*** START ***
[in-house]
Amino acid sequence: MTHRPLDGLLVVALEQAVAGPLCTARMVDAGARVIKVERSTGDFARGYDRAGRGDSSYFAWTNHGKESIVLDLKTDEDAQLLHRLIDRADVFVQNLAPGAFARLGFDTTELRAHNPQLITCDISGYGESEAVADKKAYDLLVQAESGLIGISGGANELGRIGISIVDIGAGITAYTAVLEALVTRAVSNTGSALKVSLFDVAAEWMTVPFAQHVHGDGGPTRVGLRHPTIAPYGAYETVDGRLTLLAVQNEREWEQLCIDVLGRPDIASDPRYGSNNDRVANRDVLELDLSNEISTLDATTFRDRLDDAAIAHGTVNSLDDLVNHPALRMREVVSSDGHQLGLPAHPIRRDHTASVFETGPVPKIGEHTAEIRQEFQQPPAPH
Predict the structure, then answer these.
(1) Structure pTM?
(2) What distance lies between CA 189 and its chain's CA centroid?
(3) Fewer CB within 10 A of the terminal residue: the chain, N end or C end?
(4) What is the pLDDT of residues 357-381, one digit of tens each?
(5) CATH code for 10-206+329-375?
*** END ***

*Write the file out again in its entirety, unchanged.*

[in-house]
Amino acid sequence: MTHRPLDGLLVVALEQAVAGPLCTARMVDAGARVIKVERSTGDFARGYDRAGRGDSSYFAWTNHGKESIVLDLKTDEDAQLLHRLIDRADVFVQNLAPGAFARLGFDTTELRAHNPQLITCDISGYGESEAVADKKAYDLLVQAESGLIGISGGANELGRIGISIVDIGAGITAYTAVLEALVTRAVSNTGSALKVSLFDVAAEWMTVPFAQHVHGDGGPTRVGLRHPTIAPYGAYETVDGRLTLLAVQNEREWEQLCIDVLGRPDIASDPRYGSNNDRVANRDVLELDLSNEISTLDATTFRDRLDDAAIAHGTVNSLDDLVNHPALRMREVVSSDGHQLGLPAHPIRRDHTASVFETGPVPKIGEHTAEIRQEFQQPPAPH
Predict the structure, then answer these.
(1) Structure pTM?
(2) What distance lies between CA 189 and its chain's CA centroid?
(3) Fewer CB within 10 A of the terminal residue: the chain, N end or C end?
(4) What is the pLDDT of residues 357-381, one digit of tens each?
(5) CATH code for 10-206+329-375?